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He listened to and watched that strange adult world as he grew up in Lakeland, Florida, during the thirties; and, with his grandfather’s help, he started writing poems, usually during summers in Savannah or Buena Vista, Georgia, where he was too sickly to play with athletic cousins. And since he was one of the few kids, back then, who played the piano well, a student at the age of 8 at Florida Southern College, he had a wonderful opportunity to play throughout central Florida and overhear women in Winter Haven and Lake Wales and men in Tampa and Orlando talk about the whispered sides of their lives. He would play Liszt after a luncheon meeting and rush home to write a poem about some slick man with polished nails or the woman who hissed that she never wore underwear.

During college at Washington and Lee and Princeton, where he could not tie himself to one major, and during a year in Europe on a Fulbright, he was a loner, watching and listening and trying to find ways to make verbal music out of human experience. He sat on mountain tops in Switzerland and listened to an echo of voices, slept in cheap youth hostels, fell in love with Australian girls and the Grand Canal in Venice, ate in the cheapest White-Russian cafés in Paris, and tried to write poems more up-to-date than Keats, who had been his first love when he was 12. And then, after a couple of years in the army where, stationed in D.C., he spent most of his time looking at paintings and writing about that, he hit thirty. And then he married and taught at Dartmouth and Drexel and had a family, two daughters, an equestrienne and a scholar, and found that poetry had to be relegated to summer vacations — though the poems kept coming anyway, even after he grew tired of trying to fit into ‘the literary scene,’ a scene that never worked for him except when he was dramatically reading his poems in bars and bookshops of Philadelphia.

And so another 20 years passed and he was 50, retired from teaching he could no longer do with enthusiasm, unhappy with his life, divorced, trying to be a painter or a musician, which he admits he isn’t; but still he wrote poems, volume after volume. And the world turned around, in spite of the stupid wars of power and politics: The poems came with more frequency; he met and married a wonderful musician/physician/ photographer, Andrea Baldeck, from Rochester, New York, who peered out at the world with as much curiosity as he; and they went places where they could explore their own possibilities in their art. They spent several winters on a strange little island called Carriacou where the food was bad and the wine terrible, but the people warm and accepting; they spent several springs and autumns on Cumberland Island, off the coast of Georgia, watching people and gulls and the crashing of waves. And then, following a hunger they had both had since youth, they rented and furnished a flat on the Grand Canal in Venice, where they lived half the time for 7 years. Many poems in Dark Encounter in Mid Air and photographs in Andrea's Venice a personal View were created from or in the windows of that apartment as they watched boats and waved to tourists and tried to help out at the Guggenheim and hugged their way into dozens of friendships.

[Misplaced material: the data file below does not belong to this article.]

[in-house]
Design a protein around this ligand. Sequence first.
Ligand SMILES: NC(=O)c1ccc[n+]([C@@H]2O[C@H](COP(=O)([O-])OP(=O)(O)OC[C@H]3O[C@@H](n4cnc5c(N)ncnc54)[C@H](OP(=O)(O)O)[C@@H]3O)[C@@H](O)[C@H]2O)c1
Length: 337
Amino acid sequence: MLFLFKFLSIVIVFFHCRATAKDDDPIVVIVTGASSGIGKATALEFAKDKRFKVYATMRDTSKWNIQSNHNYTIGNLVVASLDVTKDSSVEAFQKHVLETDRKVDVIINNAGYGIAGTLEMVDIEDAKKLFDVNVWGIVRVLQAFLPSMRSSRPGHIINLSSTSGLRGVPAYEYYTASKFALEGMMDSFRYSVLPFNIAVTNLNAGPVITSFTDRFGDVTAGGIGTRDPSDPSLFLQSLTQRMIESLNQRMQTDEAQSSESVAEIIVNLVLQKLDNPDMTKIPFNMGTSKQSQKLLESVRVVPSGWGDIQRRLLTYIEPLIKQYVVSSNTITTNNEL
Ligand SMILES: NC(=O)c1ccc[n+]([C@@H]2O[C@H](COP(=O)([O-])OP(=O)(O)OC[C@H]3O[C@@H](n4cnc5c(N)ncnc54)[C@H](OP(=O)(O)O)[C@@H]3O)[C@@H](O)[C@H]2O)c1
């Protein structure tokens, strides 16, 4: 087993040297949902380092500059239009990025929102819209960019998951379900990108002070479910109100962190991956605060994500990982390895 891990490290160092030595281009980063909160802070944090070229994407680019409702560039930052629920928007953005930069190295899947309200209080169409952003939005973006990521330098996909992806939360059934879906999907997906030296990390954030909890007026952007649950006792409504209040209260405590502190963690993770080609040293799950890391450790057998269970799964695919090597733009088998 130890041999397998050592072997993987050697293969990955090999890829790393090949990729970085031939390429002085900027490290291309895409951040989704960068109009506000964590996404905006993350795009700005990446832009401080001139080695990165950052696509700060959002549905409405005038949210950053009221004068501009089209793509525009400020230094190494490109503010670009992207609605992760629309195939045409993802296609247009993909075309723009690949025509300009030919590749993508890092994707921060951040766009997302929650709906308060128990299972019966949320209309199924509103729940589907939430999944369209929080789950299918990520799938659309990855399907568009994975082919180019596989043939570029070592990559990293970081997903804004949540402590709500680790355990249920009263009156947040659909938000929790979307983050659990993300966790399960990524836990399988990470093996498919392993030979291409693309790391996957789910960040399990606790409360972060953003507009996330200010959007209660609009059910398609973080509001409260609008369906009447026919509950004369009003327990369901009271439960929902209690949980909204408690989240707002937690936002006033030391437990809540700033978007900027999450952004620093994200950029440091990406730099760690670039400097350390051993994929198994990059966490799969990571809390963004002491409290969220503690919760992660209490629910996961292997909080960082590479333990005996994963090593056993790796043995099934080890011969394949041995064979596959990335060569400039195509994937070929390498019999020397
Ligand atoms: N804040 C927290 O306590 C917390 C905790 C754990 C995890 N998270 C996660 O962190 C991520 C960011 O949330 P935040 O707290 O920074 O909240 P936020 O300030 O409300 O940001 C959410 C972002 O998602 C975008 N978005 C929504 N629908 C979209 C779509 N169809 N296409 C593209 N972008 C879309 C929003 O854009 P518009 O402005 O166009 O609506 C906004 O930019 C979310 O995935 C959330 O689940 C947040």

They continue to have a life in Philadelphia and their Montgomery County suburb, where they are surrounded by gardens and great piles of books and a growing collection of art that’s mostly local or East Asian. Their house is full of boxes of framed photographs for her shows and music they play for themselves and rich smells from experimental projects in the kitchen, a chicken stuffed with kumquats and garlics or bread made with grains they grind. And they have both been generous and active, sometimes in a pushing way, on boards and committees: he on the boards of Curtis Institute, the Wilma Theatre, the Philadelphia Chamber Music Society, and the Philadelphia Museum of Art; she on the boards of Vassar, the University Museum of the University of Pennsylvania, and Settlement Music School. “We collaborate even there,” he says, “helping each other dig through annual reports and trying to think through the implications of budgets”. While they consider themselves primarily artists, her scientific training and his financial experiences have helped them be more than check writers for organizations in which they believe.

Her photographs and his poems are a continuing manifestation of a collaboration as well as the result of what they have seen out there in a crazy world. The poems are still his; the photographs are hers — but the work is something they hope will move the reader or the viewer as only music, images, verbal rhythms, and felt ideas can.